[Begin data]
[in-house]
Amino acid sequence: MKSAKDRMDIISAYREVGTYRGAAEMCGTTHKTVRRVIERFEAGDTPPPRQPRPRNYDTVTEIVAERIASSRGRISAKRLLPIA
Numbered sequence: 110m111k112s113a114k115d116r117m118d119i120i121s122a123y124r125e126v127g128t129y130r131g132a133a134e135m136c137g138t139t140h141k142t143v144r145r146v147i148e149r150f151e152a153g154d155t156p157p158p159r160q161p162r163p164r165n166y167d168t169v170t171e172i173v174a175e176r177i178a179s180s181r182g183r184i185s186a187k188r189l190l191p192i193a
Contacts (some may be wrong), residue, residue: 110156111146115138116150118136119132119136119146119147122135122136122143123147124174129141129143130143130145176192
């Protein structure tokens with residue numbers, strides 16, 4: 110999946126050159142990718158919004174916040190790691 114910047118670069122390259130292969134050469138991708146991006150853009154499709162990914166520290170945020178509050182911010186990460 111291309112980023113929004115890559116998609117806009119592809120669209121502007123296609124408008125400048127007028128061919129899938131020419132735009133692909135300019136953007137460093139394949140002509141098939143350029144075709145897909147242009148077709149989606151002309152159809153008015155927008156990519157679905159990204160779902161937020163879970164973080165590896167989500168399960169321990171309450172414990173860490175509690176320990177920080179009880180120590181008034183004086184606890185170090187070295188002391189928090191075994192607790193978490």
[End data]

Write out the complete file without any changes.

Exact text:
[in-house]
Amino acid sequence: MKSAKDRMDIISAYREVGTYRGAAEMCGTTHKTVRRVIERFEAGDTPPPRQPRPRNYDTVTEIVAERIASSRGRISAKRLLPIA
Numbered sequence: 110m111k112s113a114k115d116r117m118d119i120i121s122a123y124r125e126v127g128t129y130r131g132a133a134e135m136c137g138t139t140h141k142t143v144r145r146v147i148e149r150f151e152a153g154d155t156p157p158p159r160q161p162r163p164r165n166y167d168t169v170t171e172i173v174a175e176r177i178a179s180s181r182g183r184i185s186a187k188r189l190l191p192i193a
Contacts (some may be wrong), residue, residue: 110156111146115138116150118136119132119136119146119147122135122136122143123147124174129141129143130143130145176192
């Protein structure tokens with residue numbers, strides 16, 4: 110999946126050159142990718158919004174916040190790691 114910047118670069122390259130292969134050469138991708146991006150853009154499709162990914166520290170945020178509050182911010186990460 111291309112980023113929004115890559116998609117806009119592809120669209121502007123296609124408008125400048127007028128061919129899938131020419132735009133692909135300019136953007137460093139394949140002509141098939143350029144075709145897909147242009148077709149989606151002309152159809153008015155927008156990519157679905159990204160779902161937020163879970164973080165590896167989500168399960169321990171309450172414990173860490175509690176320990177920080179009880180120590181008034183004086184606890185170090187070295188002391189928090191075994192607790193978490």